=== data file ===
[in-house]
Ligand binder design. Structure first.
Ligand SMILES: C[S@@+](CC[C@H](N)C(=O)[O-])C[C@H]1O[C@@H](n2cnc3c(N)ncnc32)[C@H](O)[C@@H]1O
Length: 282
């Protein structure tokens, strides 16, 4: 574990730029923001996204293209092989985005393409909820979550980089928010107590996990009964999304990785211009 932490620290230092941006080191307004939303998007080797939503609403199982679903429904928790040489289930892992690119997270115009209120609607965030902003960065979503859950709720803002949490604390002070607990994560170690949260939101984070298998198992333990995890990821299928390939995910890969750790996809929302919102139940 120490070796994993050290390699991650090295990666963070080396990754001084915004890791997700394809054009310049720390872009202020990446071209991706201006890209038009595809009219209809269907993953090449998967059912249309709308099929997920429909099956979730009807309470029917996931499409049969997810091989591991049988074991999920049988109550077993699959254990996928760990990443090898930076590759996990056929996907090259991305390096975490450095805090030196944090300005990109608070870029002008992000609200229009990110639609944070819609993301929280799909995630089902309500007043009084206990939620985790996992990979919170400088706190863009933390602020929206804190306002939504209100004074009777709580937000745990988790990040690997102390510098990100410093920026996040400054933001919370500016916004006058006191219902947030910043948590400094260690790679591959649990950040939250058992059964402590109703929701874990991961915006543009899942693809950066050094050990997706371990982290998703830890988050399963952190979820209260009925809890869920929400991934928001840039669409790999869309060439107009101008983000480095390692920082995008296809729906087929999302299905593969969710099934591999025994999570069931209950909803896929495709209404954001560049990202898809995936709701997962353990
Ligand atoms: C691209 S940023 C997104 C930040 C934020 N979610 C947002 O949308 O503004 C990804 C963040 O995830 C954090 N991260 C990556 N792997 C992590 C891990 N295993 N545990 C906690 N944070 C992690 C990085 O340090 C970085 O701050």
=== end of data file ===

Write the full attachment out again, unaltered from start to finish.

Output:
[in-house]
Ligand binder design. Structure first.
Ligand SMILES: C[S@@+](CC[C@H](N)C(=O)[O-])C[C@H]1O[C@@H](n2cnc3c(N)ncnc32)[C@H](O)[C@@H]1O
Length: 282
């Protein structure tokens, strides 16, 4: 574990730029923001996204293209092989985005393409909820979550980089928010107590996990009964999304990785211009 932490620290230092941006080191307004939303998007080797939503609403199982679903429904928790040489289930892992690119997270115009209120609607965030902003960065979503859950709720803002949490604390002070607990994560170690949260939101984070298998198992333990995890990821299928390939995910890969750790996809929302919102139940 120490070796994993050290390699991650090295990666963070080396990754001084915004890791997700394809054009310049720390872009202020990446071209991706201006890209038009595809009219209809269907993953090449998967059912249309709308099929997920429909099956979730009807309470029917996931499409049969997810091989591991049988074991999920049988109550077993699959254990996928760990990443090898930076590759996990056929996907090259991305390096975490450095805090030196944090300005990109608070870029002008992000609200229009990110639609944070819609993301929280799909995630089902309500007043009084206990939620985790996992990979919170400088706190863009933390602020929206804190306002939504209100004074009777709580937000745990988790990040690997102390510098990100410093920026996040400054933001919370500016916004006058006191219902947030910043948590400094260690790679591959649990950040939250058992059964402590109703929701874990991961915006543009899942693809950066050094050990997706371990982290998703830890988050399963952190979820209260009925809890869920929400991934928001840039669409790999869309060439107009101008983000480095390692920082995008296809729906087929999302299905593969969710099934591999025994999570069931209950909803896929495709209404954001560049990202898809995936709701997962353990
Ligand atoms: C691209 S940023 C997104 C930040 C934020 N979610 C947002 O949308 O503004 C990804 C963040 O995830 C954090 N991260 C990556 N792997 C992590 C891990 N295993 N545990 C906690 N944070 C992690 C990085 O340090 C970085 O701050």